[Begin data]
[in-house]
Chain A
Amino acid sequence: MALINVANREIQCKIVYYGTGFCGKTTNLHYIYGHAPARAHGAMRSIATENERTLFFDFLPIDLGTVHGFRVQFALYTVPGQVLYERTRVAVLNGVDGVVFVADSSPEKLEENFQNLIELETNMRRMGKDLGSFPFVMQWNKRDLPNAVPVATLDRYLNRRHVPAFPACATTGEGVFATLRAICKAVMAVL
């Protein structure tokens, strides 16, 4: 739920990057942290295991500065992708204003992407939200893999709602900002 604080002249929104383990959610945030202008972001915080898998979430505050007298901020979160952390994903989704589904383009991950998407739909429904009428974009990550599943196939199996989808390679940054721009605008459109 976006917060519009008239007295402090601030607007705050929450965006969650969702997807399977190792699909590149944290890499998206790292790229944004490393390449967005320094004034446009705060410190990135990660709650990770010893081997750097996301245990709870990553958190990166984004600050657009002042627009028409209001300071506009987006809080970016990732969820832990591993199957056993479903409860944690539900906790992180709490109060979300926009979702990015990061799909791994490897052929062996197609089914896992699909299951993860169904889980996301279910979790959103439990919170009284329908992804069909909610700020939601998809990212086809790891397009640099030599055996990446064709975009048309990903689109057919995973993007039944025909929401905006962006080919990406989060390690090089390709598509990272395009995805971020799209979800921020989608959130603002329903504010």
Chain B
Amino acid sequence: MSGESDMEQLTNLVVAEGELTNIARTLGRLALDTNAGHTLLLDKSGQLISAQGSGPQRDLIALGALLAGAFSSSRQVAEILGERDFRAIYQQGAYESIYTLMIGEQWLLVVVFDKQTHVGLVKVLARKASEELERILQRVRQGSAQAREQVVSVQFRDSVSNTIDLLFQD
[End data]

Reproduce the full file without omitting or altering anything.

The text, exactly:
[in-house]
Chain A
Amino acid sequence: MALINVANREIQCKIVYYGTGFCGKTTNLHYIYGHAPARAHGAMRSIATENERTLFFDFLPIDLGTVHGFRVQFALYTVPGQVLYERTRVAVLNGVDGVVFVADSSPEKLEENFQNLIELETNMRRMGKDLGSFPFVMQWNKRDLPNAVPVATLDRYLNRRHVPAFPACATTGEGVFATLRAICKAVMAVL
């Protein structure tokens, strides 16, 4: 739920990057942290295991500065992708204003992407939200893999709602900002 604080002249929104383990959610945030202008972001915080898998979430505050007298901020979160952390994903989704589904383009991950998407739909429904009428974009990550599943196939199996989808390679940054721009605008459109 976006917060519009008239007295402090601030607007705050929450965006969650969702997807399977190792699909590149944290890499998206790292790229944004490393390449967005320094004034446009705060410190990135990660709650990770010893081997750097996301245990709870990553958190990166984004600050657009002042627009028409209001300071506009987006809080970016990732969820832990591993199957056993479903409860944690539900906790992180709490109060979300926009979702990015990061799909791994490897052929062996197609089914896992699909299951993860169904889980996301279910979790959103439990919170009284329908992804069909909610700020939601998809990212086809790891397009640099030599055996990446064709975009048309990903689109057919995973993007039944025909929401905006962006080919990406989060390690090089390709598509990272395009995805971020799209979800921020989608959130603002329903504010």
Chain B
Amino acid sequence: MSGESDMEQLTNLVVAEGELTNIARTLGRLALDTNAGHTLLLDKSGQLISAQGSGPQRDLIALGALLAGAFSSSRQVAEILGERDFRAIYQQGAYESIYTLMIGEQWLLVVVFDKQTHVGLVKVLARKASEELERILQRVRQGSAQAREQVVSVQFRDSVSNTIDLLFQD